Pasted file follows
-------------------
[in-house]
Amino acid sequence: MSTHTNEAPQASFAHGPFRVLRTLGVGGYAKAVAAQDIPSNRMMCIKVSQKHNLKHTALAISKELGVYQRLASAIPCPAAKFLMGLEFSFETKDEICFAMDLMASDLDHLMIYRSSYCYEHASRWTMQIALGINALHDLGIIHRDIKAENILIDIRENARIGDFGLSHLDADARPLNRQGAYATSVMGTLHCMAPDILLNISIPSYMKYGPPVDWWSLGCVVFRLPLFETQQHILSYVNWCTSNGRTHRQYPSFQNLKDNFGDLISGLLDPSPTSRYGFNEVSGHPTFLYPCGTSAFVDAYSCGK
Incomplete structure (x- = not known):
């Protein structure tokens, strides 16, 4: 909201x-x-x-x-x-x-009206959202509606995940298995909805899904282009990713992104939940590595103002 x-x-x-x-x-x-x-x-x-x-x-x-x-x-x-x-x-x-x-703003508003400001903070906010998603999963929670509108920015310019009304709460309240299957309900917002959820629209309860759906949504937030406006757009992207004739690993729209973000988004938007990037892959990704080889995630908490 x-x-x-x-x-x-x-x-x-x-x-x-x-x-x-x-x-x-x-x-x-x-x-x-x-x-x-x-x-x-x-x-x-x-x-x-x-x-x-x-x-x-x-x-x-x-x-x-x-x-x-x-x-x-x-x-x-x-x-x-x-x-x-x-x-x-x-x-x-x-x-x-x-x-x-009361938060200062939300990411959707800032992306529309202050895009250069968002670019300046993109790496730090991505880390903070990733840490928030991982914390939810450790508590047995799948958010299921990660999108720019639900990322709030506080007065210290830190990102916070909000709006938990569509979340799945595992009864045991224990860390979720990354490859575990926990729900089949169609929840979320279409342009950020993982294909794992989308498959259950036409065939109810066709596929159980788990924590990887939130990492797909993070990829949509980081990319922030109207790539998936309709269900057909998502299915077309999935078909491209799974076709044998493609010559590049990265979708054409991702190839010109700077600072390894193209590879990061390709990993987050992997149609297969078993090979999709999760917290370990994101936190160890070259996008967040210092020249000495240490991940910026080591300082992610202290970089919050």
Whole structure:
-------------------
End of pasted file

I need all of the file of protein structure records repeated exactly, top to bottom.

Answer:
[in-house]
Amino acid sequence: MSTHTNEAPQASFAHGPFRVLRTLGVGGYAKAVAAQDIPSNRMMCIKVSQKHNLKHTALAISKELGVYQRLASAIPCPAAKFLMGLEFSFETKDEICFAMDLMASDLDHLMIYRSSYCYEHASRWTMQIALGINALHDLGIIHRDIKAENILIDIRENARIGDFGLSHLDADARPLNRQGAYATSVMGTLHCMAPDILLNISIPSYMKYGPPVDWWSLGCVVFRLPLFETQQHILSYVNWCTSNGRTHRQYPSFQNLKDNFGDLISGLLDPSPTSRYGFNEVSGHPTFLYPCGTSAFVDAYSCGK
Incomplete structure (x- = not known):
């Protein structure tokens, strides 16, 4: 909201x-x-x-x-x-x-009206959202509606995940298995909805899904282009990713992104939940590595103002 x-x-x-x-x-x-x-x-x-x-x-x-x-x-x-x-x-x-x-703003508003400001903070906010998603999963929670509108920015310019009304709460309240299957309900917002959820629209309860759906949504937030406006757009992207004739690993729209973000988004938007990037892959990704080889995630908490 x-x-x-x-x-x-x-x-x-x-x-x-x-x-x-x-x-x-x-x-x-x-x-x-x-x-x-x-x-x-x-x-x-x-x-x-x-x-x-x-x-x-x-x-x-x-x-x-x-x-x-x-x-x-x-x-x-x-x-x-x-x-x-x-x-x-x-x-x-x-x-x-x-x-x-009361938060200062939300990411959707800032992306529309202050895009250069968002670019300046993109790496730090991505880390903070990733840490928030991982914390939810450790508590047995799948958010299921990660999108720019639900990322709030506080007065210290830190990102916070909000709006938990569509979340799945595992009864045991224990860390979720990354490859575990926990729900089949169609929840979320279409342009950020993982294909794992989308498959259950036409065939109810066709596929159980788990924590990887939130990492797909993070990829949509980081990319922030109207790539998936309709269900057909998502299915077309999935078909491209799974076709044998493609010559590049990265979708054409991702190839010109700077600072390894193209590879990061390709990993987050992997149609297969078993090979999709999760917290370990994101936190160890070259996008967040210092020249000495240490991940910026080591300082992610202290970089919050």
Whole structure: